Ability to handle tough throws both in the air and in the dirt (1st base)

Quick release with good arm strength (3rd base)

Throws with accuracy


Excellent speed and quickness

Good judgment and instincts with fly balls and line drives

Ability to make strong accurate throws to bases and home plate



Ability to make solid contact with the ball

Adjusts well to different pitches

Reads and reacts to coaches signs and puts the ball into play

Can hit with power

Excels in pressure situations


What does it take to play college Baseball? The answer is "What do you want from your college Baseball experience?" If you have the technical, tactical, and physical tools to play at the Division I level, do you have the time and dedication? If you would sit the bench for a Division I team, wouldn’t you be happier playing for a Division II, III or NAIA program?

The question of college choices can be comprehensively researched in the pages of this book. The answers to questions about your future as a collegiate Baseball athlete ultimately lie in your abilities and aspirations.


Mike Martin is the Head Baseball Coach at Florida State University. He is the fourth winningest active college Baseball coach, and ranks second nationally among active Division I Baseball coaches with a .744 winning percentage. Currently in his 20th season at FSU, Coach Martin has compiled an overall record of 1022-250 and was named ACC "Coach of the Year" in 1995 and 1998. Under his leadership, the Seminoles have made 19 straight NCAA post-season tournament appearances and advanced to the College World Series 9 times. In addition, Coach Martin has coached 38 All-Americas, 72 All-Conference Selections, 3 Golden Spikes Award winners, and has 88 former players who have signed professional contracts.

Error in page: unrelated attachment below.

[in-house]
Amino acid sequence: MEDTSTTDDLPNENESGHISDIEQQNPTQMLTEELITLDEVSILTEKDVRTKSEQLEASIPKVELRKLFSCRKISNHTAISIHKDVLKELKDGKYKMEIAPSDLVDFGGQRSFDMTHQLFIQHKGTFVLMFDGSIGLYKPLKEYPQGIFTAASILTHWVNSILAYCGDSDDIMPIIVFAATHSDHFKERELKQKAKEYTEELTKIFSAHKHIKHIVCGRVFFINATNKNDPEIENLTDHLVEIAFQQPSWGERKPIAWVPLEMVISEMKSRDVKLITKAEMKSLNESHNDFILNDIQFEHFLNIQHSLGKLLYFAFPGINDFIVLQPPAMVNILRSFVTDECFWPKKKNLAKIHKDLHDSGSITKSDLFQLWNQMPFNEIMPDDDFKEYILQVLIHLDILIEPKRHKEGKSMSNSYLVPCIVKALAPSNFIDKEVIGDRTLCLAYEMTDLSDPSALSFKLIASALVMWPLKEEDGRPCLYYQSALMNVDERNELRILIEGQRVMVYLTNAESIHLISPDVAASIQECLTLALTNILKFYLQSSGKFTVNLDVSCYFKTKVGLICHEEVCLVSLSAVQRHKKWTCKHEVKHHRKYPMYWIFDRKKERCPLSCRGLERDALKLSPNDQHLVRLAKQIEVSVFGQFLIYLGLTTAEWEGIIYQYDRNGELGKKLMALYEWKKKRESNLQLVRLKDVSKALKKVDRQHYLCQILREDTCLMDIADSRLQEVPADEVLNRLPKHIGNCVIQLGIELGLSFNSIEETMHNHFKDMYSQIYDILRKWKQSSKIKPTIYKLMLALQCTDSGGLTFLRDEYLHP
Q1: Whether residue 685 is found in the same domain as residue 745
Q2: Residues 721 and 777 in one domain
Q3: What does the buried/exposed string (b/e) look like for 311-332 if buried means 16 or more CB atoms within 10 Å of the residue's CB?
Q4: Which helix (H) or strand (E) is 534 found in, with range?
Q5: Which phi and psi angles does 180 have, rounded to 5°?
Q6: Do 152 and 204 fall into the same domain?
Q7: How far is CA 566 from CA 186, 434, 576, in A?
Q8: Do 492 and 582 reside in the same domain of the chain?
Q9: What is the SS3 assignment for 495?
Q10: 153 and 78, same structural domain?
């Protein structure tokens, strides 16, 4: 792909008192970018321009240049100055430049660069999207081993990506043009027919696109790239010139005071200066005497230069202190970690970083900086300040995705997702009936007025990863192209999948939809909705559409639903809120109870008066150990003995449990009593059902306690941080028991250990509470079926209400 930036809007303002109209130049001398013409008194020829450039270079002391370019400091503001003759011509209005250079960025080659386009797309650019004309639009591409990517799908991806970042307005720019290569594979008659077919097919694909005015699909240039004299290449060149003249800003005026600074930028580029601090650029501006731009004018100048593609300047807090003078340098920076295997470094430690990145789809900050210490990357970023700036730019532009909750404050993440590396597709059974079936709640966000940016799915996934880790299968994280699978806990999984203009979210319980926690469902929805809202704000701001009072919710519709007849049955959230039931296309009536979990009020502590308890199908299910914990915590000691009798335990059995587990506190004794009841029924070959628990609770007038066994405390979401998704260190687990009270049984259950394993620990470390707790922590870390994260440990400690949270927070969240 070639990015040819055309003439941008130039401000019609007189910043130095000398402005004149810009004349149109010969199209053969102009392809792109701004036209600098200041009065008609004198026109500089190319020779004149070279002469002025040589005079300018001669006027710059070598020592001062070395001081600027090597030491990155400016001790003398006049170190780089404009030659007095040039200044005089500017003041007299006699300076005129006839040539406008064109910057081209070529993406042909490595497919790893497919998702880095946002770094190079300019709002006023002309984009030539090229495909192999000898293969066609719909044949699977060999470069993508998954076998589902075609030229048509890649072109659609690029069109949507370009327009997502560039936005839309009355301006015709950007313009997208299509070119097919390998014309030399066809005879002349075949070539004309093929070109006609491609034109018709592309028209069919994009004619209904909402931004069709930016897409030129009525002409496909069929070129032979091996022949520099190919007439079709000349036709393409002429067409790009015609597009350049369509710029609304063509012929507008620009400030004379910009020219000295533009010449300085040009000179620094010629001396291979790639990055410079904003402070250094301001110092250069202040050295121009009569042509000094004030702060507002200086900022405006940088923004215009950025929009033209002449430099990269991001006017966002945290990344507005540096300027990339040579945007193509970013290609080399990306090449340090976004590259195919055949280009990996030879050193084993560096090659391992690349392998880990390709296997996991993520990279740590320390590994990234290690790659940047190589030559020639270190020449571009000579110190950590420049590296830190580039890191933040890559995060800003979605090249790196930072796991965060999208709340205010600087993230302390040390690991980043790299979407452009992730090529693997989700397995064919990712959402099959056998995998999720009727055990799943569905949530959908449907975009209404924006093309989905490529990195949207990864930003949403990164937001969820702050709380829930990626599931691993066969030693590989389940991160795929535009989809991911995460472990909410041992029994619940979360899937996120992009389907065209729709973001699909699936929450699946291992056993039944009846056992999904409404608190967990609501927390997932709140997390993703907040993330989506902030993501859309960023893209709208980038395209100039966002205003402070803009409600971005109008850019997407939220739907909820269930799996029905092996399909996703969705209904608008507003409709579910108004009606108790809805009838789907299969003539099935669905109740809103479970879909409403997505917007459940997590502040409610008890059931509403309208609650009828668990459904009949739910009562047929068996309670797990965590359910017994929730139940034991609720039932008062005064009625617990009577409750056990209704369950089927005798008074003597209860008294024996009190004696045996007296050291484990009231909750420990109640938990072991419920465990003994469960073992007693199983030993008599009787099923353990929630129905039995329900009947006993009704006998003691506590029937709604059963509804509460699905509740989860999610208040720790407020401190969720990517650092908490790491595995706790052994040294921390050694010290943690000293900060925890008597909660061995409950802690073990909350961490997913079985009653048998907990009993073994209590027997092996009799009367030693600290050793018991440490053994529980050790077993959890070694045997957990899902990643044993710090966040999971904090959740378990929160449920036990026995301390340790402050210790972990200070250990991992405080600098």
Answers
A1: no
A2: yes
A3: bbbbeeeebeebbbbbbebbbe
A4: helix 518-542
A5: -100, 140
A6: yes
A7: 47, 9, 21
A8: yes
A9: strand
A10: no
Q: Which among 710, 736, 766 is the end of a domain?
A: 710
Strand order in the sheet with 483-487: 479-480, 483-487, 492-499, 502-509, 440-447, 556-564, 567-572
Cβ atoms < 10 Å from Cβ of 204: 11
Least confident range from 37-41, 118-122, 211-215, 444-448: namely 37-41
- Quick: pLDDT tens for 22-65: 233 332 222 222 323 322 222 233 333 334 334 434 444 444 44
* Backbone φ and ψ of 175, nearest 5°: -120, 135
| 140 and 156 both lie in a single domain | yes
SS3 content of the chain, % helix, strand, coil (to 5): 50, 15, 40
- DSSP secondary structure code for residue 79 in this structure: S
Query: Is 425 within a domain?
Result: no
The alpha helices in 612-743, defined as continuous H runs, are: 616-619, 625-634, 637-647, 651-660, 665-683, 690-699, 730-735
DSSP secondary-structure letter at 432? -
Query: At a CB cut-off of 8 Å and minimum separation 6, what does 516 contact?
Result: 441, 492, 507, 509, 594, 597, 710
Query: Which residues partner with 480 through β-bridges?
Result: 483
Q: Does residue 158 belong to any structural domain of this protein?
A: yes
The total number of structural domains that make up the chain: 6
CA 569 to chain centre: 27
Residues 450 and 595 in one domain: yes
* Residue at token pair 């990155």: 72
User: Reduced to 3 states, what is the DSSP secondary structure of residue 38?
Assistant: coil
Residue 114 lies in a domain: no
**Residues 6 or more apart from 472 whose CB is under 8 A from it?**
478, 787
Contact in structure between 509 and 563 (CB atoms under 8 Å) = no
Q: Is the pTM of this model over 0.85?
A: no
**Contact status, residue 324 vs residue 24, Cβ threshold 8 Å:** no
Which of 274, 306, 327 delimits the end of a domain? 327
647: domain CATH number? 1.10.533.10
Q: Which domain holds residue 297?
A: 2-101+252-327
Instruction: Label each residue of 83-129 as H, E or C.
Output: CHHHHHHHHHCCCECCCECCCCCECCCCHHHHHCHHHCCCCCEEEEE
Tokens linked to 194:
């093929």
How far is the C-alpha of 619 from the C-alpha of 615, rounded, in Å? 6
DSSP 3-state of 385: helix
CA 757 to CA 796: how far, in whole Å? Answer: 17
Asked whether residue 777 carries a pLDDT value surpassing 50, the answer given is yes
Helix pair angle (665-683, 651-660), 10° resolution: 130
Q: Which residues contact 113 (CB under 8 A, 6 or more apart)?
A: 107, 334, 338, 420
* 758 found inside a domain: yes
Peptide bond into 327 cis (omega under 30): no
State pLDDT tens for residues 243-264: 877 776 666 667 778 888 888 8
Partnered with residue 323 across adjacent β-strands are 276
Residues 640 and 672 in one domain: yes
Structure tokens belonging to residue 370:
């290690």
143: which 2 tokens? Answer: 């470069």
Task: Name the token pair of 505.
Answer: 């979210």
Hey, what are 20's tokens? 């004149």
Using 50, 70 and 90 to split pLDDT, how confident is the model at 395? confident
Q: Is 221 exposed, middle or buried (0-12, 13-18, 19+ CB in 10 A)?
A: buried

College Cover Letter / Resume





City, State-Zip

Home Telephone / E-mail Address


Coach’s Name

Men’s Baseball Coach

Name of College


City, State, Zip

Dear (Coach’s Name):